Geneva Motor Show - The 2017 Subaru XV crossover, revealed this week at the Palexpo and due in South Africa in the third quarter of this year is genuinely all new. And then again, it’s not.
It’s new because it’s the first redesign of the XV since the the original launch in 2012 and because it’s built on the company’s completely revised Subaru Global Platform - and it’s not, because it shares that platform and a lot of its mechanical bits with the new Impreza, scheduled for SA release before mid-year.
That includes the Impreza’s 115kW / 196Nm, direct injection 1995cc petrol flat four, which Subaru says is lighter, more powerful, smoother-running and more efficient than the previous-generation naturally-aspirated boxer. It drives all four wheels (of course) via Subaru’s symmetrical all-wheel drive and a Lineartronic constantly variable transmission - which also has a seven-step ‘manual’ mode to mimic a conventional gearbox.
All of which is supervised (and we use that word deliberately) by X-Mode, which integrates control of the engine, all-wheel drive and brakes to optimise traction on loose or slippery surfaces, especially on steep downhills.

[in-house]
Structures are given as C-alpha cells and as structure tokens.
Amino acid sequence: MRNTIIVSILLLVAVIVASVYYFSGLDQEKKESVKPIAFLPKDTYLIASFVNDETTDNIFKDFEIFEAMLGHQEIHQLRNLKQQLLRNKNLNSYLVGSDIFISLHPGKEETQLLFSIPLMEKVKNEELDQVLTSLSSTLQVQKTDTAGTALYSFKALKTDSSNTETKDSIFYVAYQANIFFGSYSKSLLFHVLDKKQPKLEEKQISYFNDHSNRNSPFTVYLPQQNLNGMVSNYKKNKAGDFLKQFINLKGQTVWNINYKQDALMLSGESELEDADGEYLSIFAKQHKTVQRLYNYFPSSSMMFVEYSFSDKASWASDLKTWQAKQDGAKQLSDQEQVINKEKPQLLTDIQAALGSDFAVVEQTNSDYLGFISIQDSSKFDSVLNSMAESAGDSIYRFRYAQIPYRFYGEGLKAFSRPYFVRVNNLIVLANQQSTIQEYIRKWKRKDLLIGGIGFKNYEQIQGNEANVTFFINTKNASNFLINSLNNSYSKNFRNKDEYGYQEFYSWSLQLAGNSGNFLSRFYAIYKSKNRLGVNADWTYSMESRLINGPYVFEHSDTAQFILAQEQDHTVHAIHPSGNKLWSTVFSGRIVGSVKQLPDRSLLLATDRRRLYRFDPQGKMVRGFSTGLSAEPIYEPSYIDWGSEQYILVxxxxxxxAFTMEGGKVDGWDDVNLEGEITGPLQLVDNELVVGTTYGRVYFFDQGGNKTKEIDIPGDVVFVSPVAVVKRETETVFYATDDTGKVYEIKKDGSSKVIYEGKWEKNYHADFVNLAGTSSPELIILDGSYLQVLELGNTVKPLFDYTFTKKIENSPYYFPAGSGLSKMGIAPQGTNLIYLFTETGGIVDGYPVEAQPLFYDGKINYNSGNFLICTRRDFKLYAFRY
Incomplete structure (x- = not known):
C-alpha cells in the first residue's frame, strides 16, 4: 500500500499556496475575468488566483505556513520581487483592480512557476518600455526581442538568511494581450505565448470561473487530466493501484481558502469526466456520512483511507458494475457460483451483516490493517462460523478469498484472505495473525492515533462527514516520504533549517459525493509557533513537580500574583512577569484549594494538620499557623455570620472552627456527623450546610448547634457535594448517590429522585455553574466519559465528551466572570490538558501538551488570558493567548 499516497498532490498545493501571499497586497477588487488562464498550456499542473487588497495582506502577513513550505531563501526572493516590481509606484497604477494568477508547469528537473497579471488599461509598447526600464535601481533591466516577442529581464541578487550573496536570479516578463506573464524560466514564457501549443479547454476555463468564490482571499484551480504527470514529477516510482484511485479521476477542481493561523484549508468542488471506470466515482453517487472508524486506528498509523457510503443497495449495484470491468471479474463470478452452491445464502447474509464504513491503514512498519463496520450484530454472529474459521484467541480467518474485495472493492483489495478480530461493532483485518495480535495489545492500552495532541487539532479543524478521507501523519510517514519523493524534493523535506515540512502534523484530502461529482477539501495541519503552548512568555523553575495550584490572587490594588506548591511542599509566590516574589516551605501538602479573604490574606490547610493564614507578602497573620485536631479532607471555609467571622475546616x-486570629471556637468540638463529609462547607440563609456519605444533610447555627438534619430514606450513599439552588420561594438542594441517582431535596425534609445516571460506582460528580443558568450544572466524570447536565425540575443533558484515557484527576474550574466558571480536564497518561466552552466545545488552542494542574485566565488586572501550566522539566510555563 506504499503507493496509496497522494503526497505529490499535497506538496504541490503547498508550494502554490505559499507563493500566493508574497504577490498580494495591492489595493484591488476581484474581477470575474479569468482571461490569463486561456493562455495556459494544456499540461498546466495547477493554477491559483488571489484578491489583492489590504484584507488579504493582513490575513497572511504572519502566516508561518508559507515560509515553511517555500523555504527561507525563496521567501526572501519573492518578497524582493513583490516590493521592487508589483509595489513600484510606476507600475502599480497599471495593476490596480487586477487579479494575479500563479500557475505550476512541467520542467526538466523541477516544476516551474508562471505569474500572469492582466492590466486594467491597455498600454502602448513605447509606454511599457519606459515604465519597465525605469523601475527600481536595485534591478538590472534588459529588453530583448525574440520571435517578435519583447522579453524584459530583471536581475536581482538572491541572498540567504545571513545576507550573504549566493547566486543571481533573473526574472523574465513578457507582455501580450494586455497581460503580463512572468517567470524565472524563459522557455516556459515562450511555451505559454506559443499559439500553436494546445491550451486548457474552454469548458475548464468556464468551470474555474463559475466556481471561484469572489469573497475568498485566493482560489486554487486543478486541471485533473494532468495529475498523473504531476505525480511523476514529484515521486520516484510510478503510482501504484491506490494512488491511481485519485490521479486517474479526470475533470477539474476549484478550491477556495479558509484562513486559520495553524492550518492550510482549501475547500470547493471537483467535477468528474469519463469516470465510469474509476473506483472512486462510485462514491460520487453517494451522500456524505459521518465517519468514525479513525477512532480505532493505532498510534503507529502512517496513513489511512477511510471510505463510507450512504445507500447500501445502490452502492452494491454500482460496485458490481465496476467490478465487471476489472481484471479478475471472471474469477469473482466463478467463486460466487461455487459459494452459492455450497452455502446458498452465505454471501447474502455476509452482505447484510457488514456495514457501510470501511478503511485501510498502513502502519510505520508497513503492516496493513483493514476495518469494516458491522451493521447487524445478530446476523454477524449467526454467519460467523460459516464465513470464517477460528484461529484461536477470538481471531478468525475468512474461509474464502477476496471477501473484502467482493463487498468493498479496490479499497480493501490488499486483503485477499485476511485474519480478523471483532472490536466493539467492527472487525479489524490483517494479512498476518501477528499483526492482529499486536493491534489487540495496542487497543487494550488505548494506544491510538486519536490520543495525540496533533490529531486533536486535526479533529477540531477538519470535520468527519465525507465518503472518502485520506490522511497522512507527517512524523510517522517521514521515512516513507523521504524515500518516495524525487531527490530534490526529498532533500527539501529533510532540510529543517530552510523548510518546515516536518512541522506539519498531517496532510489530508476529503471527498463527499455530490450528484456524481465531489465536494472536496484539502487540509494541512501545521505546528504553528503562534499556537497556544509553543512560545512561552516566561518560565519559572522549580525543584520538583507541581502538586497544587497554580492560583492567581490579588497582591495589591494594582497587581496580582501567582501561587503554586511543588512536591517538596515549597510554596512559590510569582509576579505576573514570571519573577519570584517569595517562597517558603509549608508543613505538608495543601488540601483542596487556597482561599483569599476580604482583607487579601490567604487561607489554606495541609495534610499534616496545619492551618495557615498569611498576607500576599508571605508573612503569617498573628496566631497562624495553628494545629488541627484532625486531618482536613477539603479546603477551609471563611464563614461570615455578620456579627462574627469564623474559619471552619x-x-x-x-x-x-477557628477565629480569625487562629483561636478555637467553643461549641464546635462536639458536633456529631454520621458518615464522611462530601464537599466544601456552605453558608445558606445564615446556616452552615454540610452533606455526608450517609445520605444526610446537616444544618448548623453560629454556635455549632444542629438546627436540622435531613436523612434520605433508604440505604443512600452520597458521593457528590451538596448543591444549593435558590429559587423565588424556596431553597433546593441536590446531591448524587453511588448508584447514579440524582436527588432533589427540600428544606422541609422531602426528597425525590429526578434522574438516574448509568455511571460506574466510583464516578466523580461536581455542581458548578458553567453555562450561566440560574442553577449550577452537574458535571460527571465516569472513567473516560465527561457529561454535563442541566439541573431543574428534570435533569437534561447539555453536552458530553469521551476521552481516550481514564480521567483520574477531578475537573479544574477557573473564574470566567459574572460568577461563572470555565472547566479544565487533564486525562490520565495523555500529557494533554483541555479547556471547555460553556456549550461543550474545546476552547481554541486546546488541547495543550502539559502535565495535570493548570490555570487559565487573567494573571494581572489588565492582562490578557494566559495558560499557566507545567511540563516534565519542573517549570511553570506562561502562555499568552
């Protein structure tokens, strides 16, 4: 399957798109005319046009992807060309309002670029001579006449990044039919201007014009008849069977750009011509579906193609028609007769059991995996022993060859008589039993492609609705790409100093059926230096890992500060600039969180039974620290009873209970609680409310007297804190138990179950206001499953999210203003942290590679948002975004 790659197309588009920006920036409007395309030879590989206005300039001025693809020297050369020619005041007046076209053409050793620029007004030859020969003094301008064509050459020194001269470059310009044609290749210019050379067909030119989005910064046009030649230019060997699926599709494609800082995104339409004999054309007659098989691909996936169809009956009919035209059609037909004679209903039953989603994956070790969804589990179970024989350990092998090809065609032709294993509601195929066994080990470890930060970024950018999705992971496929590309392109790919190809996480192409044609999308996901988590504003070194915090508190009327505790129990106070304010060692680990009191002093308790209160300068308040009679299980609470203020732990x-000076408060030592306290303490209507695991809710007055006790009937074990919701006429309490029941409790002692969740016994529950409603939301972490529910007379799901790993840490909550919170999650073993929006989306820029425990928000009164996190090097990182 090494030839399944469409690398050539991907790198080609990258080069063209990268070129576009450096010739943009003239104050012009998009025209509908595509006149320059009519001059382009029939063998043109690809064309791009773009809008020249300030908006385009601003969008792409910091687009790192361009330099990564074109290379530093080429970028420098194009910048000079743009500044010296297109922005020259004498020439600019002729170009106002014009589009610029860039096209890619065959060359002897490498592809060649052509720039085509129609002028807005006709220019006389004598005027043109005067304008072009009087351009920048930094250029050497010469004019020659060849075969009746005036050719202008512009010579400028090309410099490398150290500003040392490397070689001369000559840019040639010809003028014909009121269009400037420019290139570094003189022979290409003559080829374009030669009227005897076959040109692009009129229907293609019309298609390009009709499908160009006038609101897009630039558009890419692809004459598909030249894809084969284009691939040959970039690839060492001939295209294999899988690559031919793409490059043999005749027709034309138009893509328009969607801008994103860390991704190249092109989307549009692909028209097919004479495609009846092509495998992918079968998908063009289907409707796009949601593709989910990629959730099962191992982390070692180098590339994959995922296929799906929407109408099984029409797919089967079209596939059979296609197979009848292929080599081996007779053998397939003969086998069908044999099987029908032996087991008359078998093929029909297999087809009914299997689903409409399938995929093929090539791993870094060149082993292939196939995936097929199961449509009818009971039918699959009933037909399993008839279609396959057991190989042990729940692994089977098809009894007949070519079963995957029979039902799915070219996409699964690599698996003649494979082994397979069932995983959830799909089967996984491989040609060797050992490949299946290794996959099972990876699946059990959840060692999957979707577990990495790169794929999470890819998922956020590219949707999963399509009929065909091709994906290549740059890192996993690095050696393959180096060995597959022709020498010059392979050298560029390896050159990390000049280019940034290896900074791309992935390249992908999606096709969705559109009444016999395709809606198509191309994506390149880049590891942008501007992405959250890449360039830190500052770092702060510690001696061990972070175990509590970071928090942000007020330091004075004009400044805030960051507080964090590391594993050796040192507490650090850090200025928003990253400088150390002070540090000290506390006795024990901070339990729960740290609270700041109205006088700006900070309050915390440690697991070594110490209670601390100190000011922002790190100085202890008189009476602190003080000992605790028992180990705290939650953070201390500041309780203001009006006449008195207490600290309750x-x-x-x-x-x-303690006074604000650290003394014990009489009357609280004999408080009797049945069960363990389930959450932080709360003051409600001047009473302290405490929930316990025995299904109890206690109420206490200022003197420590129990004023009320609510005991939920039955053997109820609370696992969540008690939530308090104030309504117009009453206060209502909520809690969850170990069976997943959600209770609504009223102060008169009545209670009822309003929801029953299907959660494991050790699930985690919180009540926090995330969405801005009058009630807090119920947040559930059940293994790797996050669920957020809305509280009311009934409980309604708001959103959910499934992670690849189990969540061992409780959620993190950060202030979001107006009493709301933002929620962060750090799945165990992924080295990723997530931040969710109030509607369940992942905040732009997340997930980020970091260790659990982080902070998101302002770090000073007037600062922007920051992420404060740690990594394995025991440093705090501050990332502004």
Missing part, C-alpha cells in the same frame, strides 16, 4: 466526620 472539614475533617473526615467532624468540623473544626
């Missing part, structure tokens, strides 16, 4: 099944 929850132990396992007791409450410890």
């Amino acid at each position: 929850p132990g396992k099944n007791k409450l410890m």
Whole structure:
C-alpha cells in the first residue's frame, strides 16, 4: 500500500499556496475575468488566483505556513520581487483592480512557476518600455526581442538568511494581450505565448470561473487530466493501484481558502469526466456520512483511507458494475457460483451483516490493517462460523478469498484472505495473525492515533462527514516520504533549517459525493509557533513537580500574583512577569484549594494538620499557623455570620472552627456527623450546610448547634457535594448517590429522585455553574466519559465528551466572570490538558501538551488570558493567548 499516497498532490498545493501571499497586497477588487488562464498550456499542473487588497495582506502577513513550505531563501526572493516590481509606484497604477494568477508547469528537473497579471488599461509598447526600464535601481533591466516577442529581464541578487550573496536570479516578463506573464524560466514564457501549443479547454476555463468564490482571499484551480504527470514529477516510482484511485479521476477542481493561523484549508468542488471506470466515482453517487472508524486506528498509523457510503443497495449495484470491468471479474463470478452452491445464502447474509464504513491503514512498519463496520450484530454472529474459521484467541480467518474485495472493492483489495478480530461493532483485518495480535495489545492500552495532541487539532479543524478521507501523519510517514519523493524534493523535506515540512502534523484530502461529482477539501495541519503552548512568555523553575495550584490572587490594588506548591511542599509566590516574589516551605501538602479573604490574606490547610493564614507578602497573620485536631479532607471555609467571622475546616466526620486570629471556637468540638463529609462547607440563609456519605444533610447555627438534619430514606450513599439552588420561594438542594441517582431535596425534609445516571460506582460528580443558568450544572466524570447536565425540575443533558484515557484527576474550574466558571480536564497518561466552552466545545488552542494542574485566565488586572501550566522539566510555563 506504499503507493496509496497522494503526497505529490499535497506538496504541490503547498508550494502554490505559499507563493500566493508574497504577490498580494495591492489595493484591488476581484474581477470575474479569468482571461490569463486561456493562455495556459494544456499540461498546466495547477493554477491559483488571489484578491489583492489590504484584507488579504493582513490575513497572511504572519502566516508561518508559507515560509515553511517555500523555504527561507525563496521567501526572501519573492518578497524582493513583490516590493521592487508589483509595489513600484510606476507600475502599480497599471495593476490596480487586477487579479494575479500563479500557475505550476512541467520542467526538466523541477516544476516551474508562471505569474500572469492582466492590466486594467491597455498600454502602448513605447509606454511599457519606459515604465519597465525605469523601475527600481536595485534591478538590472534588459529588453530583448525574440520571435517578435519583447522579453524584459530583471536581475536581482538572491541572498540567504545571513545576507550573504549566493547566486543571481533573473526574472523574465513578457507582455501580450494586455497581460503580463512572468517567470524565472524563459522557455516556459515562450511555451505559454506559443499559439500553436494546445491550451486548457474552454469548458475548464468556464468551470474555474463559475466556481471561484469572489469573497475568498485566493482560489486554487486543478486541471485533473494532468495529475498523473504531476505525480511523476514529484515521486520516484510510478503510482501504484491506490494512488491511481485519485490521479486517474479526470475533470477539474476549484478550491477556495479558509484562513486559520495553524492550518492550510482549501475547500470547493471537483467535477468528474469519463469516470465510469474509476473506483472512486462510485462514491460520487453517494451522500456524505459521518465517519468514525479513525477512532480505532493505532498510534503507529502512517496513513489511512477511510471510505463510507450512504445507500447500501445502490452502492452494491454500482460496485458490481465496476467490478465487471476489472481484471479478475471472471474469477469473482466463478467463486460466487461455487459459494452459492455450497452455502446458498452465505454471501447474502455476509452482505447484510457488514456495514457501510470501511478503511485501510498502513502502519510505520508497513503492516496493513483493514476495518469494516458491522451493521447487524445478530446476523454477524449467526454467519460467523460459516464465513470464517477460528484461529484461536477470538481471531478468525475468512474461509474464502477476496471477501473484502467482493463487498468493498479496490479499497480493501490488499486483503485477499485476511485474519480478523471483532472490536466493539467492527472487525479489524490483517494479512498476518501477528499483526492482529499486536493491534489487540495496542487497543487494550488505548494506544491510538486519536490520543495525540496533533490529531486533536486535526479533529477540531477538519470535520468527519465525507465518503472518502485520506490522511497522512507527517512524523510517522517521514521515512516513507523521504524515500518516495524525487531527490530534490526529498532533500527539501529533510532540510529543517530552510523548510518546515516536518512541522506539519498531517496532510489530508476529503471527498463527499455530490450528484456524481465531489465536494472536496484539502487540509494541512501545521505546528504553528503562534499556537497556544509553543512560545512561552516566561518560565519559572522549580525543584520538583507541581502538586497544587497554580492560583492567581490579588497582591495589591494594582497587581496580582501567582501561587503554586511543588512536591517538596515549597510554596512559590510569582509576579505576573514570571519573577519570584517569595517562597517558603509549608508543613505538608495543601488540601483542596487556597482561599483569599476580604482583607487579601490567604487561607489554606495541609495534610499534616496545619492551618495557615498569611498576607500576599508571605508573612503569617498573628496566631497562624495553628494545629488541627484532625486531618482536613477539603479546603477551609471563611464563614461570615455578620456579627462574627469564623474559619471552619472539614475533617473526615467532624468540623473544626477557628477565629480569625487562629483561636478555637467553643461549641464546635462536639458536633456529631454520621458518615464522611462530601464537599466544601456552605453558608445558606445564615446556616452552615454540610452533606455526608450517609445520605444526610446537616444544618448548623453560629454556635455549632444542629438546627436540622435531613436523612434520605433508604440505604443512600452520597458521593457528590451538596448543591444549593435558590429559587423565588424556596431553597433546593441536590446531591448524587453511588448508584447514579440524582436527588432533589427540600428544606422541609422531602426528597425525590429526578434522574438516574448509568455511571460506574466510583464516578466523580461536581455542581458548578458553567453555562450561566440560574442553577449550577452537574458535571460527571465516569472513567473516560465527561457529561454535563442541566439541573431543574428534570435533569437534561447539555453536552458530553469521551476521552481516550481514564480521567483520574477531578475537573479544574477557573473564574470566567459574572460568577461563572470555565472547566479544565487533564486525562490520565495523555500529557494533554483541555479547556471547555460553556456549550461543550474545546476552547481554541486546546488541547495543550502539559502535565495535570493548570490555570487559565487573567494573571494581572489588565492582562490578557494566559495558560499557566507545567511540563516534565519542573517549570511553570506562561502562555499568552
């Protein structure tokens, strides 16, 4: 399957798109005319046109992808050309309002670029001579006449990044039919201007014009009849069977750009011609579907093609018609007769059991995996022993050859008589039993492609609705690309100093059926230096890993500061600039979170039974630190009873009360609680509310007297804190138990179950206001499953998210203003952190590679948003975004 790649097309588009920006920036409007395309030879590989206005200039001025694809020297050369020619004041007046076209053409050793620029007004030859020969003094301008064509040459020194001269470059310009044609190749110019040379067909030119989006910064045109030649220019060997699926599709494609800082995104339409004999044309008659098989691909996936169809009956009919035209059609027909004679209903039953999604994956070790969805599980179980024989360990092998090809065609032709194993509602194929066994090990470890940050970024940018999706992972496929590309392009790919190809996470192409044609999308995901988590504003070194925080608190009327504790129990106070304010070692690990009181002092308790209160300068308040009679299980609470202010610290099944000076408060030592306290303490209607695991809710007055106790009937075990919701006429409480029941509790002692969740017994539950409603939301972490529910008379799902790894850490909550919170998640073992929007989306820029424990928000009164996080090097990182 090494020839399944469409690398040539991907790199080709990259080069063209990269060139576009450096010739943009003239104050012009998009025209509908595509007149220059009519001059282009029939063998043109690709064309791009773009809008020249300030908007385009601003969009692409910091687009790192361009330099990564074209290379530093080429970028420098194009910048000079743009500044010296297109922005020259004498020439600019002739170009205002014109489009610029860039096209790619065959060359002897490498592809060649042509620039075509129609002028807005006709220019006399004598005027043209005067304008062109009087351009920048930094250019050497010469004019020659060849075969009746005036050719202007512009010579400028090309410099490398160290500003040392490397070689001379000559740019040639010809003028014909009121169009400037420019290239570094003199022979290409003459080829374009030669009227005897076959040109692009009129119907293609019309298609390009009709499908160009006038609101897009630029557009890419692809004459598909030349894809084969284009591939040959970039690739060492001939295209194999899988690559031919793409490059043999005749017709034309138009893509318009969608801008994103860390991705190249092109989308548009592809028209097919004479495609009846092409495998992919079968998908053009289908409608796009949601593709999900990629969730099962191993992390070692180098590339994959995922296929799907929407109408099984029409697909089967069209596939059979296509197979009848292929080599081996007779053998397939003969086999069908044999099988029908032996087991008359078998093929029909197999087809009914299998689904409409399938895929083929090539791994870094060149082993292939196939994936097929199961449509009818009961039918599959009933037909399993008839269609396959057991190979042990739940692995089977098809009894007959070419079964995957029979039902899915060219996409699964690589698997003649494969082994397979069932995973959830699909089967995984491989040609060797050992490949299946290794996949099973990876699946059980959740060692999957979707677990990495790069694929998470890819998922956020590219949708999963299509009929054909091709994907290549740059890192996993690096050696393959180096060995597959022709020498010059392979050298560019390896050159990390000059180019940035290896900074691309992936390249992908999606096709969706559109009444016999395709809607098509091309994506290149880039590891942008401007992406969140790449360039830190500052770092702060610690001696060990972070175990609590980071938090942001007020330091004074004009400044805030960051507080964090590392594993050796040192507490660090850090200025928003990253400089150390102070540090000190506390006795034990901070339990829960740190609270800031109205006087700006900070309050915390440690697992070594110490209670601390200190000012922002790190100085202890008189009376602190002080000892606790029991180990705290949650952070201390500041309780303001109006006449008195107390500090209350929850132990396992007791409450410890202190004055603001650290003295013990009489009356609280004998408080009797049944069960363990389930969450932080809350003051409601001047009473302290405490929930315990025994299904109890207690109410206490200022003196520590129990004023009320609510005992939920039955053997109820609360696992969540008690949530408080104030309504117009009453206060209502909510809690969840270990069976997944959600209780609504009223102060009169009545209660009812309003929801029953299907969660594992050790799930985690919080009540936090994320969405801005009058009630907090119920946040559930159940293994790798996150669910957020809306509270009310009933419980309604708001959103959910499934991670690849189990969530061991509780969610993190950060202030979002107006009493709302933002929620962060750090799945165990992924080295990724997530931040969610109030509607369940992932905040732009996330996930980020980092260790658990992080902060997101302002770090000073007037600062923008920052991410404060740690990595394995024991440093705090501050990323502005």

The new platform is not only stiffer than the previous XV bodyshell, its revised architecture (and lighter drivetrain) have dropped the centre of gravity by 5mm - which is more significant than it sounds - while retaining its 220mm ground clearance. That has enabled Subaru’s whitecoats to reduce body roll by 50 percent and make the steering more direct (from 14:1 to 13:1).
The cabin is trimmed in grey with detailed orange stitching on the instrument panel, which features a new 20.3cm touch-screen infotainment system (also to be seen in the Impreza) with voice-controlled satnav, Apple CarPlay and Android Auto phone-pairing, and various other online apps.
The front seats have been revised for improved lateral support, and an electronic parking brake replaces the previous handbrake.
Standard driver aids include active torque vectoring, and the full EyeSight driver assistance package - also shared with Impreza - including stereo colour cameras and software to warn you of impending collisions and brake for you if necessary, as well as lane departure and sway warnings, reverse assistance and adaptive cruise control.
The headlight beams swivel with the steering to light up the inside of corners the direction of travel at intersections, while a single-lens camera monitors oncoming traffic -as well as cars ahead of it in the same lane, automatically switching from high to low beam as per road conditions.